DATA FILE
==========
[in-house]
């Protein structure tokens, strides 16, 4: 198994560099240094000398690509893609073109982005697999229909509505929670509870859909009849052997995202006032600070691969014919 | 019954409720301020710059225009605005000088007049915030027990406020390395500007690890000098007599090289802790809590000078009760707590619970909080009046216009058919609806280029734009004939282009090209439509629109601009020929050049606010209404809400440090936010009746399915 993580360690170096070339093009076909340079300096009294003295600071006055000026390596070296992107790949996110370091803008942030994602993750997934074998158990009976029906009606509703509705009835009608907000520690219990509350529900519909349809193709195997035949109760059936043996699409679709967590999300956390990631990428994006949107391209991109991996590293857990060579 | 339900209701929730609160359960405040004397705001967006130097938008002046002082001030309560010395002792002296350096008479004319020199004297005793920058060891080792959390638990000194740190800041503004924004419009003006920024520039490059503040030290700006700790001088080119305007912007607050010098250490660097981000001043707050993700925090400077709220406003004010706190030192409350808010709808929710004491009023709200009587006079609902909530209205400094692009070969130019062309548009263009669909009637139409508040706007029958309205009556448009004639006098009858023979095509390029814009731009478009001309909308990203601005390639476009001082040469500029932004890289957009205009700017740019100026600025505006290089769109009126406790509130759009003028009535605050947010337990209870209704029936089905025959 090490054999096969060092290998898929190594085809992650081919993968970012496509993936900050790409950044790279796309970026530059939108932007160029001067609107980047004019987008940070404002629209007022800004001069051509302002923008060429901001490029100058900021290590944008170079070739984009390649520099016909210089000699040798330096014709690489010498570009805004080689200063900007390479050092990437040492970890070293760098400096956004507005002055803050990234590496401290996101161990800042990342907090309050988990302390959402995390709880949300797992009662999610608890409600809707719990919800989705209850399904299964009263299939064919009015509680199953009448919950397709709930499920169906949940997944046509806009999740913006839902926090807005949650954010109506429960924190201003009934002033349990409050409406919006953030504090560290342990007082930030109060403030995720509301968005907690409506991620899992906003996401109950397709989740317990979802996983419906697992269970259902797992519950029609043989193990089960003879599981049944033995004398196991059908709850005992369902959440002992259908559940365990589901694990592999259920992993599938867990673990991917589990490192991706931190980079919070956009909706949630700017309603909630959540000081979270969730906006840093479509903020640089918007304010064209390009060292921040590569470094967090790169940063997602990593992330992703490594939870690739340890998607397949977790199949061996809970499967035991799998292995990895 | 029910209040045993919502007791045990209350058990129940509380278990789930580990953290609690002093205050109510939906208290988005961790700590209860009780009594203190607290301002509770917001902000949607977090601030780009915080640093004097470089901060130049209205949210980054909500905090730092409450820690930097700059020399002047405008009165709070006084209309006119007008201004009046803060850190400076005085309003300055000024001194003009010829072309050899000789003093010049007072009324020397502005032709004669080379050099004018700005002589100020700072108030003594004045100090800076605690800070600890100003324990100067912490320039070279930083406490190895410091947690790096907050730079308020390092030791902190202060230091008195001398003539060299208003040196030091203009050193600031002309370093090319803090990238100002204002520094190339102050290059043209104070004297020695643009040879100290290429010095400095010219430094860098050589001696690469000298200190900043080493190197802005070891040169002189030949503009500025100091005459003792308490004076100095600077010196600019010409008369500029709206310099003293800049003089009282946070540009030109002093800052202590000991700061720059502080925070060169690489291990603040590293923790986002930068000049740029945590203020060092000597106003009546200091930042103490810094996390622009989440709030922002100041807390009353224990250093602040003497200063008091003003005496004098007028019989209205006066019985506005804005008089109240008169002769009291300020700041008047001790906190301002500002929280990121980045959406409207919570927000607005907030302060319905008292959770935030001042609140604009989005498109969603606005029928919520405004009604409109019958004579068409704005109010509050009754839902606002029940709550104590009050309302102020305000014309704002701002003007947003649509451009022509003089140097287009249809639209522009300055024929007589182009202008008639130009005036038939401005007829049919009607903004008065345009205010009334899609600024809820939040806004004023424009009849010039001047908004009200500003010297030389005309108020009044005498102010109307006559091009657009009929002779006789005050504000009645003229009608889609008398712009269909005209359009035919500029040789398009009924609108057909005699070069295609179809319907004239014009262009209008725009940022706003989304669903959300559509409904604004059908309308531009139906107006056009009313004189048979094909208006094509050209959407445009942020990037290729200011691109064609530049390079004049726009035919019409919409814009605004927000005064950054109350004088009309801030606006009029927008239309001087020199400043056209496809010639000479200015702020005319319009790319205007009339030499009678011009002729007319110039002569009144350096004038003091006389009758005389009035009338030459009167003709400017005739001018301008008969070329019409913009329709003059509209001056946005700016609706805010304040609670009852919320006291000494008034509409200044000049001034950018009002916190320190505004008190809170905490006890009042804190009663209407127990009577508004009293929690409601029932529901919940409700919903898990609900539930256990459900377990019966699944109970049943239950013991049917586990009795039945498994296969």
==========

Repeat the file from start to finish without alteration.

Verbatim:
[in-house]
């Protein structure tokens, strides 16, 4: 198994560099240094000398690509893609073109982005697999229909509505929670509870859909009849052997995202006032600070691969014919 | 019954409720301020710059225009605005000088007049915030027990406020390395500007690890000098007599090289802790809590000078009760707590619970909080009046216009058919609806280029734009004939282009090209439509629109601009020929050049606010209404809400440090936010009746399915 993580360690170096070339093009076909340079300096009294003295600071006055000026390596070296992107790949996110370091803008942030994602993750997934074998158990009976029906009606509703509705009835009608907000520690219990509350529900519909349809193709195997035949109760059936043996699409679709967590999300956390990631990428994006949107391209991109991996590293857990060579 | 339900209701929730609160359960405040004397705001967006130097938008002046002082001030309560010395002792002296350096008479004319020199004297005793920058060891080792959390638990000194740190800041503004924004419009003006920024520039490059503040030290700006700790001088080119305007912007607050010098250490660097981000001043707050993700925090400077709220406003004010706190030192409350808010709808929710004491009023709200009587006079609902909530209205400094692009070969130019062309548009263009669909009637139409508040706007029958309205009556448009004639006098009858023979095509390029814009731009478009001309909308990203601005390639476009001082040469500029932004890289957009205009700017740019100026600025505006290089769109009126406790509130759009003028009535605050947010337990209870209704029936089905025959 090490054999096969060092290998898929190594085809992650081919993968970012496509993936900050790409950044790279796309970026530059939108932007160029001067609107980047004019987008940070404002629209007022800004001069051509302002923008060429901001490029100058900021290590944008170079070739984009390649520099016909210089000699040798330096014709690489010498570009805004080689200063900007390479050092990437040492970890070293760098400096956004507005002055803050990234590496401290996101161990800042990342907090309050988990302390959402995390709880949300797992009662999610608890409600809707719990919800989705209850399904299964009263299939064919009015509680199953009448919950397709709930499920169906949940997944046509806009999740913006839902926090807005949650954010109506429960924190201003009934002033349990409050409406919006953030504090560290342990007082930030109060403030995720509301968005907690409506991620899992906003996401109950397709989740317990979802996983419906697992269970259902797992519950029609043989193990089960003879599981049944033995004398196991059908709850005992369902959440002992259908559940365990589901694990592999259920992993599938867990673990991917589990490192991706931190980079919070956009909706949630700017309603909630959540000081979270969730906006840093479509903020640089918007304010064209390009060292921040590569470094967090790169940063997602990593992330992703490594939870690739340890998607397949977790199949061996809970499967035991799998292995990895 | 029910209040045993919502007791045990209350058990129940509380278990789930580990953290609690002093205050109510939906208290988005961790700590209860009780009594203190607290301002509770917001902000949607977090601030780009915080640093004097470089901060130049209205949210980054909500905090730092409450820690930097700059020399002047405008009165709070006084209309006119007008201004009046803060850190400076005085309003300055000024001194003009010829072309050899000789003093010049007072009324020397502005032709004669080379050099004018700005002589100020700072108030003594004045100090800076605690800070600890100003324990100067912490320039070279930083406490190895410091947690790096907050730079308020390092030791902190202060230091008195001398003539060299208003040196030091203009050193600031002309370093090319803090990238100002204002520094190339102050290059043209104070004297020695643009040879100290290429010095400095010219430094860098050589001696690469000298200190900043080493190197802005070891040169002189030949503009500025100091005459003792308490004076100095600077010196600019010409008369500029709206310099003293800049003089009282946070540009030109002093800052202590000991700061720059502080925070060169690489291990603040590293923790986002930068000049740029945590203020060092000597106003009546200091930042103490810094996390622009989440709030922002100041807390009353224990250093602040003497200063008091003003005496004098007028019989209205006066019985506005804005008089109240008169002769009291300020700041008047001790906190301002500002929280990121980045959406409207919570927000607005907030302060319905008292959770935030001042609140604009989005498109969603606005029928919520405004009604409109019958004579068409704005109010509050009754839902606002029940709550104590009050309302102020305000014309704002701002003007947003649509451009022509003089140097287009249809639209522009300055024929007589182009202008008639130009005036038939401005007829049919009607903004008065345009205010009334899609600024809820939040806004004023424009009849010039001047908004009200500003010297030389005309108020009044005498102010109307006559091009657009009929002779006789005050504000009645003229009608889609008398712009269909005209359009035919500029040789398009009924609108057909005699070069295609179809319907004239014009262009209008725009940022706003989304669903959300559509409904604004059908309308531009139906107006056009009313004189048979094909208006094509050209959407445009942020990037290729200011691109064609530049390079004049726009035919019409919409814009605004927000005064950054109350004088009309801030606006009029927008239309001087020199400043056209496809010639000479200015702020005319319009790319205007009339030499009678011009002729007319110039002569009144350096004038003091006389009758005389009035009338030459009167003709400017005739001018301008008969070329019409913009329709003059509209001056946005700016609706805010304040609670009852919320006291000494008034509409200044000049001034950018009002916190320190505004008190809170905490006890009042804190009663209407127990009577508004009293929690409601029932529901919940409700919903898990609900539930256990459900377990019966699944109970049943239950013991049917586990009795039945498994296969």